Minerals

Like vitamins, minerals also help with normal growth, function and maintenance of good health. Individuals with cystic fibrosis can be deficient in these minerals.

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Calcium, iron, sodium chloride (salt) and zinc play significant roles in your body. Deficiencies in any of these minerals can cause everything from bone disease to anemia.

Calcium

Why do I need it? Calcium helps build strong (hard) bones and teeth, keeps your nerves and muscles working correctly and helps your blood clot. If you do not get enough calcium from food or suppleLike vitamins, minerals also help with normal growth, function and maintenance of good health. Individuals with cystic fibrosis can be deficient in these minerals.e too much calcium from your bones, you are at risk for breaking them. You could break ribs during chest physical therapy, while coughing or break a bone during a fall.

How do I get it? It is found in dairy products, some green vegetables and almonds. Calcium supplements are available. Your body can absorb only about 500 mg of calcium at a time, so spread your calcium sources throughout the day.

This is a list of foods that contain calcium and how much calcium is in them.

How much do I need? The CF Foundation recommends that you get the amount of calcium listed below. The amount of calcium listed is the total amount from your diet plus any supplement you use. The results of your of your dual-energy X-ray absorptiometry (DEXA) scan may show that you need more calcium. Check with your CF dietitian.

Age Calcium (mg)  
0 to 12 months 210–270
1 to 3 years 500
4 to 8 years 800
9 years and older 1,300–1,500

Iron

Why do I need it? Iron is responsible for carrying oxygen from the lungs to all the cells in the body. If you don’t have enough iron in your blood cells, you will have anemia, which can make you feel tired, cold, dizzy and irritable. Iron deficiency is common in CF.1

How do I get it? There are two forms of iron in food -- heme and nonheme. Heme iron is found in animal protein such as beef and beef liver. Nonheme iron is found in non-animal protein foods such as lima beans, kidney beans, lentils, dark green vegetables and enriched and fortified cereals. The body is better able to absorb heme iron, but both types of iron are important for overall health. Nonheme iron and iron supplements are absorbed better if taken with a vitamin C source such as orange juice or another vitamin C-rich food.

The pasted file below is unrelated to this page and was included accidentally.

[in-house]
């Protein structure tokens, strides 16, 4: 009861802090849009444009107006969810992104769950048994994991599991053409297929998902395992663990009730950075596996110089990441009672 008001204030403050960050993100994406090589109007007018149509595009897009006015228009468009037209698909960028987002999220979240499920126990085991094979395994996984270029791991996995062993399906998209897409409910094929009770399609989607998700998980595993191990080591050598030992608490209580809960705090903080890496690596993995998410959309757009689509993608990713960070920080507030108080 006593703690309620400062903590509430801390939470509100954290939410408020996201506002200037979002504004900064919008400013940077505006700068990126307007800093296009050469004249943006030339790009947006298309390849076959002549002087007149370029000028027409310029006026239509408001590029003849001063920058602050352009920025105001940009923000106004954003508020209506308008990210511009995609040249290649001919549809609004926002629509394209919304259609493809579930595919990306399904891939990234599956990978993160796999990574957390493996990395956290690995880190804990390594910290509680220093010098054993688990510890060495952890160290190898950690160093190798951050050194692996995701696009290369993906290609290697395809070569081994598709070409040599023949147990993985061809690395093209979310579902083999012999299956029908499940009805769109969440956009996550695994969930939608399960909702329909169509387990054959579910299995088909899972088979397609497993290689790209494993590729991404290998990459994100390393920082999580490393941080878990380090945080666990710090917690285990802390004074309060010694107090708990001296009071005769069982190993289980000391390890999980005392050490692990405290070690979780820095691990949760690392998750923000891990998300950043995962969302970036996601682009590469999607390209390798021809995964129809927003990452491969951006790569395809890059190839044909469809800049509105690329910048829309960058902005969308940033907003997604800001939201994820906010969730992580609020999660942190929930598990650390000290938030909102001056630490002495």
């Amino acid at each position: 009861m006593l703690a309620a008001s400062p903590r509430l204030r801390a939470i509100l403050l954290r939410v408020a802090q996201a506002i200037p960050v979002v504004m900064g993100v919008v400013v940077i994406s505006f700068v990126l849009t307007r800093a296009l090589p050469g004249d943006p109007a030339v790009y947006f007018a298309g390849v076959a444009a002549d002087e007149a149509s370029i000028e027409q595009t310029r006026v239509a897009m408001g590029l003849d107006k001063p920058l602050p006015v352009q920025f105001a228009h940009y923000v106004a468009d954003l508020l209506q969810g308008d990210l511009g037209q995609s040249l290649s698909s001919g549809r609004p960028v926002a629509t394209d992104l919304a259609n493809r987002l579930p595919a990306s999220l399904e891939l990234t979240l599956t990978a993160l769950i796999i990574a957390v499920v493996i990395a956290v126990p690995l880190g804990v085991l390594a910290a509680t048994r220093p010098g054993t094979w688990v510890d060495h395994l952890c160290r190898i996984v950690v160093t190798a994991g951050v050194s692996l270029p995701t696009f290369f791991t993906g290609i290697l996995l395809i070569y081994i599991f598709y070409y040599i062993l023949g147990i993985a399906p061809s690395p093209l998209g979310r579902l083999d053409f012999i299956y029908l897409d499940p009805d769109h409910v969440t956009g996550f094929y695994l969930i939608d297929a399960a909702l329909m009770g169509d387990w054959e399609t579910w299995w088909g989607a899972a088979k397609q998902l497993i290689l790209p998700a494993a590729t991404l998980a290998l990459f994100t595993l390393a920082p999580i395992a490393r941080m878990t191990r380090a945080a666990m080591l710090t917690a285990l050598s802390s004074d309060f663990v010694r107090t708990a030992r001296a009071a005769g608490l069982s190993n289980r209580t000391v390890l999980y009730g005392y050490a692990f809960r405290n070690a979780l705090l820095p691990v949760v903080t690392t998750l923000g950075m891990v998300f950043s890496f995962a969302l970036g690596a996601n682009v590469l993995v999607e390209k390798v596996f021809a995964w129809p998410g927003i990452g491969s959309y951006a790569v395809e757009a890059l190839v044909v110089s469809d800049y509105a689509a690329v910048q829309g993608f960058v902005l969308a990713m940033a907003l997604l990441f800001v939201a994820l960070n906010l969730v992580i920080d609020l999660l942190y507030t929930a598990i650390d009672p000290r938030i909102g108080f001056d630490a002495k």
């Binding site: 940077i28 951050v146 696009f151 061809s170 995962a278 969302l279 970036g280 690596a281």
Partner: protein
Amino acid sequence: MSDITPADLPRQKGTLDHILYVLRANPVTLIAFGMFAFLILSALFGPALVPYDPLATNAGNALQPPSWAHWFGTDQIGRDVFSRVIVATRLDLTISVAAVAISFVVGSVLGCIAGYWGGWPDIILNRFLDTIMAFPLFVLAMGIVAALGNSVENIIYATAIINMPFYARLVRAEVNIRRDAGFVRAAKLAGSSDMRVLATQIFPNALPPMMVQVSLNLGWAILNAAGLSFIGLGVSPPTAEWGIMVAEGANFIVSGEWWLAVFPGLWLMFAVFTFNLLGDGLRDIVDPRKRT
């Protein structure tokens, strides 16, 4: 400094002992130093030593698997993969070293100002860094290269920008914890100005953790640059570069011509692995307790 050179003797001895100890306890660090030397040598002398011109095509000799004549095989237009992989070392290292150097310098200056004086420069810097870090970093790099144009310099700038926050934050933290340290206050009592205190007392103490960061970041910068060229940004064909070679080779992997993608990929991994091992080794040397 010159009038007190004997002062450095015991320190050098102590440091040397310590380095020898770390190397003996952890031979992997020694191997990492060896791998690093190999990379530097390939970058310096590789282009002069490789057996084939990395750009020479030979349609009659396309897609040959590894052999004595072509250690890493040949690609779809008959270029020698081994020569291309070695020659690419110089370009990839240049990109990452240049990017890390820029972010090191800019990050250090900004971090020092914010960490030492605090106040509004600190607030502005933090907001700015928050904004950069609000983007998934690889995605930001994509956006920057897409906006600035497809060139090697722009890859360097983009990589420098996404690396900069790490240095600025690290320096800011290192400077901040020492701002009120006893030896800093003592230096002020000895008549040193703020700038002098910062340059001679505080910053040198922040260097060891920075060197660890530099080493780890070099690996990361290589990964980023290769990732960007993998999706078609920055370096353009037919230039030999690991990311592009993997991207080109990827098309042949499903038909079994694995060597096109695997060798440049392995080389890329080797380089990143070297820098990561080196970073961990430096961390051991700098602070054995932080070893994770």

How much do I need? There are no specific recommendations for daily iron intake for people who have CF. Most people can get enough iron from food, but sometimes an iron supplement is needed. Your CF care team can determine if you are anemic by conducting a blood test and determine whether you need an iron supplement. 

Food Iron (mg)
Heme iron  
Beef liver (3 oz.) 5.3
Beef (3 oz.) 2.6
Chicken (3 oz.) 1.1
Nonheme iron  
Total® cereal (1 cup) 13.5
Farina cereal (1 cup) 12.0
Cheerios® (1 cup) 8.4
Kidney beans (1/2 cup) 2.6
Spinach (1/2 cup) 2.4

Sodium Chloride (Salt)

Why do I need it? Sodium chloride is also called salt. Salt plays an important role in maintaining fluid balance in the body, which means keeping the right amount of water in the right places. Salt also helps muscles contract. Not getting enough salt can interfere with growth; reduce appetite; and cause stomach pain, weakness, muscle cramps, nausea and headache. People with CF lose a lot of salt in their sweat, so they must eat more salty foods, especially during hot, humid weather. 

How do I get it? Table salt is the best source, along with foods that are processed with salt, such as bacon and pickles. Fresh foods such as meats, chicken, fish, fruits, vegetables, rice and pasta have very little salt; but they are high in salt when they are processed into canned and boxed soups, vegetables, pastas and frozen dinners. Make sure to read food labels and use the saltshaker to add extra salt. 

How much do I need? No one is sure how much salt people with CF need; the usual recommendation is to eat salty foods and use the saltshaker freely at meals and snacks. People with CF who play or exercise outside in hot weather may want to add 1/8 teaspoon of salt to 1 1/2 cups (12 ounces) of a sports drink, such as Gatorade®. Infants with CF should get 1/8 teaspoon of salt daily until they are 6 months old. Parents then should increase it to a 1/4 teaspoon of salt daily. It is important not to use too much salt, so ask your care team if you have any questions.

Zinc

Why do I need it? Zinc has many important daily functions in the body, from growth and healing to taste and appetite. Zinc helps you fight infection, heal wounds and develop sexually. Zinc also helps the liver release vitamin A into the blood. A deficiency in zinc has been linked to lower pulmonary function and bone disease in individuals with CF.1

How do I get it? The best food sources are oysters, beef and beef liver. Other good sources include high-protein foods such as turkey, cheese and milk. Many breakfast cereals are fortified with zinc. All forms of multivitamin supplements designed for people with CF have zinc, but not all over-the-counter multivitamins do. Look at the label of the multivitamin you are taking and make sure it contains zinc. 

How much do I need? There are no specific recommendations for daily zinc intake for people who have CF. 


REFERENCES

1 Leonard, Amanda. Cystic Fibrosis Nutrition: Outcomes, Treatment Guidelines, and Risk Classification. In: Diet and Exercise in Cystic Fibrosis. San Diego, CA: Academic Press; 2015:27-34.

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